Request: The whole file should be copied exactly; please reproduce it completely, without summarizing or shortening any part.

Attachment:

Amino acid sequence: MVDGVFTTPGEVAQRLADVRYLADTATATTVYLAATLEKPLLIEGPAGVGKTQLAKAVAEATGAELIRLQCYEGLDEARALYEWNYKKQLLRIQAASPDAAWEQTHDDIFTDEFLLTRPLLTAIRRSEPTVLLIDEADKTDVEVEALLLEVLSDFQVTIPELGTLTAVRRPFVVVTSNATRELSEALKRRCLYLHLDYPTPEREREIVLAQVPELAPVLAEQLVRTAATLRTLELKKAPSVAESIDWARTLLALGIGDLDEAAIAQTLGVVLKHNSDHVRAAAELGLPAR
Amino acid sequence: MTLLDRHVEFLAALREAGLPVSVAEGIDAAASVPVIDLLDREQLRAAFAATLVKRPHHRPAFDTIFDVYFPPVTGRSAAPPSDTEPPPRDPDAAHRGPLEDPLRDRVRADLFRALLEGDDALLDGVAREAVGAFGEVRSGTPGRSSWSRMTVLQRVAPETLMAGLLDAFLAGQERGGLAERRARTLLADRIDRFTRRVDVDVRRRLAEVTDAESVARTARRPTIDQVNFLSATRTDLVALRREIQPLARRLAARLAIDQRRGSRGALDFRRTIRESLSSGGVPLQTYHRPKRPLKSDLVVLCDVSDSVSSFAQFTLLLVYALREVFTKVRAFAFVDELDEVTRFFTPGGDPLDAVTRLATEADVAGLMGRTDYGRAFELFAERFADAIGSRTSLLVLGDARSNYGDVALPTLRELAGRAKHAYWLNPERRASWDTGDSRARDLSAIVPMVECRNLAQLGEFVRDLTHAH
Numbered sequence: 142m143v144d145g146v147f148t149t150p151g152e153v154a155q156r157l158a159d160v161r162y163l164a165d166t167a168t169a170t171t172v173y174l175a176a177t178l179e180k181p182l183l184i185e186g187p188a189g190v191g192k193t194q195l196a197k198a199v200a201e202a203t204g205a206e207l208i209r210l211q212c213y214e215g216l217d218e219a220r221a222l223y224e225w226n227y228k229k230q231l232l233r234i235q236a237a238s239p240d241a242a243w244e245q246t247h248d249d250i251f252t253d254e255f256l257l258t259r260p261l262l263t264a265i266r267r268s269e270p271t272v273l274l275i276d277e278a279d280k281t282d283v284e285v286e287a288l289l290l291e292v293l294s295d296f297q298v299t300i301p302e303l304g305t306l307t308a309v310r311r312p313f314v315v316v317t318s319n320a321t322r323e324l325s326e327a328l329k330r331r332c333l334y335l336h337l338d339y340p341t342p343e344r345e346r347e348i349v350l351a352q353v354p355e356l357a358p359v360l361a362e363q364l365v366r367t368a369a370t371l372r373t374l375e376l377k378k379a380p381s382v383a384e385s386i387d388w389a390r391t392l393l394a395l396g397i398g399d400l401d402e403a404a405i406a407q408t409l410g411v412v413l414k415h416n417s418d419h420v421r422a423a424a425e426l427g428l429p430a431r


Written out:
Amino acid sequence: MVDGVFTTPGEVAQRLADVRYLADTATATTVYLAATLEKPLLIEGPAGVGKTQLAKAVAEATGAELIRLQCYEGLDEARALYEWNYKKQLLRIQAASPDAAWEQTHDDIFTDEFLLTRPLLTAIRRSEPTVLLIDEADKTDVEVEALLLEVLSDFQVTIPELGTLTAVRRPFVVVTSNATRELSEALKRRCLYLHLDYPTPEREREIVLAQVPELAPVLAEQLVRTAATLRTLELKKAPSVAESIDWARTLLALGIGDLDEAAIAQTLGVVLKHNSDHVRAAAELGLPAR
Amino acid sequence: MTLLDRHVEFLAALREAGLPVSVAEGIDAAASVPVIDLLDREQLRAAFAATLVKRPHHRPAFDTIFDVYFPPVTGRSAAPPSDTEPPPRDPDAAHRGPLEDPLRDRVRADLFRALLEGDDALLDGVAREAVGAFGEVRSGTPGRSSWSRMTVLQRVAPETLMAGLLDAFLAGQERGGLAERRARTLLADRIDRFTRRVDVDVRRRLAEVTDAESVARTARRPTIDQVNFLSATRTDLVALRREIQPLARRLAARLAIDQRRGSRGALDFRRTIRESLSSGGVPLQTYHRPKRPLKSDLVVLCDVSDSVSSFAQFTLLLVYALREVFTKVRAFAFVDELDEVTRFFTPGGDPLDAVTRLATEADVAGLMGRTDYGRAFELFAERFADAIGSRTSLLVLGDARSNYGDVALPTLRELAGRAKHAYWLNPERRASWDTGDSRARDLSAIVPMVECRNLAQLGEFVRDLTHAH
Numbered sequence: 142m143v144d145g146v147f148t149t150p151g152e153v154a155q156r157l158a159d160v161r162y163l164a165d166t167a168t169a170t171t172v173y174l175a176a177t178l179e180k181p182l183l184i185e186g187p188a189g190v191g192k193t194q195l196a197k198a199v200a201e202a203t204g205a206e207l208i209r210l211q212c213y214e215g216l217d218e219a220r221a222l223y224e225w226n227y228k229k230q231l232l233r234i235q236a237a238s239p240d241a242a243w244e245q246t247h248d249d250i251f252t253d254e255f256l257l258t259r260p261l262l263t264a265i266r267r268s269e270p271t272v273l274l275i276d277e278a279d280k281t282d283v284e285v286e287a288l289l290l291e292v293l294s295d296f297q298v299t300i301p302e303l304g305t306l307t308a309v310r311r312p313f314v315v316v317t318s319n320a321t322r323e324l325s326e327a328l329k330r331r332c333l334y335l336h337l338d339y340p341t342p343e344r345e346r347e348i349v350l351a352q353v354p355e356l357a358p359v360l361a362e363q364l365v366r367t368a369a370t371l372r373t374l375e376l377k378k379a380p381s382v383a384e385s386i387d388w389a390r391t392l393l394a395l396g397i398g399d400l401d402e403a404a405i406a407q408t409l410g411v412v413l414k415h416n417s418d419h420v421r422a423a424a425e426l427g428l429p430a431r